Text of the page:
Cortesía

Dafne Almazán’s parents suspected that their daughter was gifted because she learned to read and write without any help.

At the end of May, along with thousands of other students who had to finish their studies online due to the crisis caused by SARS-CoV-2, Dafne became the youngest Mexican (at 18) to hold a master’s degree in Mathematics for Teaching from Harvard University, considered one of the best institutions worldwide.

Her accelerated academic studies began when she was eight years old, after her parents gave her IQ tests. At that age, they decided to enrol her in high school.

At the age of 13, she began her degree in Psychology at Tecnológico de Monterrey; at age 17, she was accepted into Harvard to pursue a master’s degree in Mathematics for Teaching.

Now, she is the youngest Mexican to graduate with a master’s degree from that prestigious school in the United States.

In an interview with Tec Review, she said that she liked comics, especially the X-Men, because she felt she could identify with them. Now she wants to use her special abilities to help her country.

“When I was young, I really liked the X-Men, because that’s how I felt. They were different and they didn’t decide to be born like that, but they used their abilities for the common good. I feel that it’s the same with gifted children. We can use that intelligence to move Mexico forward,” she says.

The World Health Organization (WHO) defines intellectual giftedness as an intelligence equivalent to an IQ of higher than 130 points, above the average of 100 points.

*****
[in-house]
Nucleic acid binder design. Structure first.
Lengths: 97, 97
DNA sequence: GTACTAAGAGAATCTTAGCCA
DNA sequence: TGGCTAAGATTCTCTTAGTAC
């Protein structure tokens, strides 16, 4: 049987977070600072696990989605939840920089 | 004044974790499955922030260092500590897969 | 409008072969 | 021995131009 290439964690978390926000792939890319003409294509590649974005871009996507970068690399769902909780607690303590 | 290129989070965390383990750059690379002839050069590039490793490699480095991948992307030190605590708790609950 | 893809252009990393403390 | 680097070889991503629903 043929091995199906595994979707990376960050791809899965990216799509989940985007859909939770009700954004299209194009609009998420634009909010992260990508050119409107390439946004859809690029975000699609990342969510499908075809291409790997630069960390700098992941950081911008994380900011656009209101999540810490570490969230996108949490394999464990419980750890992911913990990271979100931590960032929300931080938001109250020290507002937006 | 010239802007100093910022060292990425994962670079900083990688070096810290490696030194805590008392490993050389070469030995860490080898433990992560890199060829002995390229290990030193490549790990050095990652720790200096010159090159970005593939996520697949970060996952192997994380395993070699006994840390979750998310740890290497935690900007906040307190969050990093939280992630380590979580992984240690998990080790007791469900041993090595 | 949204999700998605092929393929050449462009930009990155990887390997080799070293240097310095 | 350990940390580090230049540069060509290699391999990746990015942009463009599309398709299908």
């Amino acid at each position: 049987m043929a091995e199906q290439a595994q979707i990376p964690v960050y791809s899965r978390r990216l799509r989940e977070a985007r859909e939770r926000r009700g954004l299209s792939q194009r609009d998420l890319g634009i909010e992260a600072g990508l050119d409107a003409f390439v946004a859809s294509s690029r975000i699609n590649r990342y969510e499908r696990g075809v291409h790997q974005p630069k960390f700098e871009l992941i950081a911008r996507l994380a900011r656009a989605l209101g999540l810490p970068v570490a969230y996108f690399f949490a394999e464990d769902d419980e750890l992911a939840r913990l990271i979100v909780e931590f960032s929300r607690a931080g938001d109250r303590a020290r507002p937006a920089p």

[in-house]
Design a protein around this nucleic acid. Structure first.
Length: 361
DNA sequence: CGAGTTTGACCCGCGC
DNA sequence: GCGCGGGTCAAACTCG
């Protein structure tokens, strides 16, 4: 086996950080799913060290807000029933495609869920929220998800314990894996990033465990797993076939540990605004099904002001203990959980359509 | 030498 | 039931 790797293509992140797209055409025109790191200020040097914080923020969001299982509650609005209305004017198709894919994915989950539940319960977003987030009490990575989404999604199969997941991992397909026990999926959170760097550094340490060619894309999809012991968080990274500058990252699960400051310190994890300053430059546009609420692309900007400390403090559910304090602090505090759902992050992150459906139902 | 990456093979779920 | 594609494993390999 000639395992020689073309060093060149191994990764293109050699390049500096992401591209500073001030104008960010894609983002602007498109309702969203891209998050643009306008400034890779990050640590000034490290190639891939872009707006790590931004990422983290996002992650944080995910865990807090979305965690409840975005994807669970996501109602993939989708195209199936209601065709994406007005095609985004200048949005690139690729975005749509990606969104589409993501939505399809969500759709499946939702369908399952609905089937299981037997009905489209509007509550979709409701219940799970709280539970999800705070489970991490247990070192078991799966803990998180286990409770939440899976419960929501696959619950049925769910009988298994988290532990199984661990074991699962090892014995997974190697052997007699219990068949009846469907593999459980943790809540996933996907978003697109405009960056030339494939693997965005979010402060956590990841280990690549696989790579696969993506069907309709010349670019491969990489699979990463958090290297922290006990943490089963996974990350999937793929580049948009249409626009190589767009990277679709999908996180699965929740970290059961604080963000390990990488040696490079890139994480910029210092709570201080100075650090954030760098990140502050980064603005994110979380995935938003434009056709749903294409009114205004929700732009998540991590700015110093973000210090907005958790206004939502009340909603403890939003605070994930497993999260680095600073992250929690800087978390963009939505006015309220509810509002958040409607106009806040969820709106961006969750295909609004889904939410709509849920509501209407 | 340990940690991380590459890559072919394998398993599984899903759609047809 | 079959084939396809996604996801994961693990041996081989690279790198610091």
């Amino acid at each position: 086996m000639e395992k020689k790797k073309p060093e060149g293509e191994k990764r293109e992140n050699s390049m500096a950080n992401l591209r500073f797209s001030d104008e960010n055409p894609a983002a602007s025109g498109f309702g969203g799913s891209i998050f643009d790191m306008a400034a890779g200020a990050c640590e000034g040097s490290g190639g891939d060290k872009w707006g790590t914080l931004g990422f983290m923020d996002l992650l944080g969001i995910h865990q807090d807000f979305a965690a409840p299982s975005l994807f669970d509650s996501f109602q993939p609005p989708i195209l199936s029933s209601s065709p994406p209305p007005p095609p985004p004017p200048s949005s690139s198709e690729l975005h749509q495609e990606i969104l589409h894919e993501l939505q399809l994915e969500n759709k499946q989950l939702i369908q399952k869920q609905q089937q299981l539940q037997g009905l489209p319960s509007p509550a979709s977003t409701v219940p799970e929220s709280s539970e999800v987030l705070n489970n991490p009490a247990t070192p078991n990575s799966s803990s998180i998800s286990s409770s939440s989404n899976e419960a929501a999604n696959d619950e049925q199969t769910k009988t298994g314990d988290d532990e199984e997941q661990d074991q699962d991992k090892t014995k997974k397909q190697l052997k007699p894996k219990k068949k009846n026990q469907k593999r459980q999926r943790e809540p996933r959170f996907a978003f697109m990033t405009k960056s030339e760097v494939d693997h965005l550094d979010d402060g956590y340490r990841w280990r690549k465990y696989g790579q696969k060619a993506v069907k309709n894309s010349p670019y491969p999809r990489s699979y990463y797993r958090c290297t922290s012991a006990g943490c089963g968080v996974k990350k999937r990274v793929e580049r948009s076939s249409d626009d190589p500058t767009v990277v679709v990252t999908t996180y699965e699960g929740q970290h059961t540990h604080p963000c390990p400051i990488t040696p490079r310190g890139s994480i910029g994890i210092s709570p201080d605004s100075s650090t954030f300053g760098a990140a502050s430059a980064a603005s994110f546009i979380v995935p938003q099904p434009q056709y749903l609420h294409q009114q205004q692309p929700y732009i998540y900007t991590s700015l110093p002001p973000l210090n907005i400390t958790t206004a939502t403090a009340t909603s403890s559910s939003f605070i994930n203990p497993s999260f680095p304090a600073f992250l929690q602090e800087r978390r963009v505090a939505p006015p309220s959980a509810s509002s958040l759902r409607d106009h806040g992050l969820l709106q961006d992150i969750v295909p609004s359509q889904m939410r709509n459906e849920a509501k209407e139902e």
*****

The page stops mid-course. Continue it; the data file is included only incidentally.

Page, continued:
Mexico has a million children in this range, according to figures from the Department of Psychology at the Center for Attention to Talent (Centro de Atención al Talento, CEDAT).

It is estimated that 93% of gifted children in the country were misdiagnosed when they were mistaken for having Attention Deficit Hyperactivity Disorder (ADHD), Asperger’s, or Autism.

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How difficult was it for you to integrate yourself at school?

I had to face several obstacles because I was eight years old when I entered high school. Several teachers treated me very well and supported me. That was how I was able to make progress. In high school, I was hardly with my classmates because I had more specialized classes. My sister, who was already going to finish high school, came back to be with me and I had her as a classmate.

I studied at Harvard in person and my classmates accepted the differences more. Although it was difficult to be at their level, it was a great experience for them and for me.

 

Why did you decide to study psychology?

My older sister also studied it and I remember that when I was a child she would tell us about human behavior and personality. Over time, I realized that I could be of help in Mexico, especially in the gifted area if I studied that.

 

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What was the process to enter Harvard like?

It was difficult because as a minor, I wasn’t allowed to apply, and I had to speak to the directors so they could study my case and let me do the exams and interviews.

I chose the Master’s in Mathematics for Teaching because I learned algebra when I was five years old and I always saw it as something really fun.

I also realized that we are really bad in this area in Mexico, because children are only taught to memorize. It becomes somewhat superficial because they don’t understand where everything comes from. This makes it become difficult or boring over the years.

 

What was it like doing your master’s degree during COVID-19?

I was there (at Harvard) and one Friday in March they told us that we had to return to our countries. Everything was very sudden, but the following Monday we started with virtual classes. They already had everything ready for these situations.

We were taking classes online for almost two months. Yes, it was a change, but the standards were very similar to those for studying in person.

What are your plans for the future?

I want to get a doctorate in special education for the gifted and start working.

 

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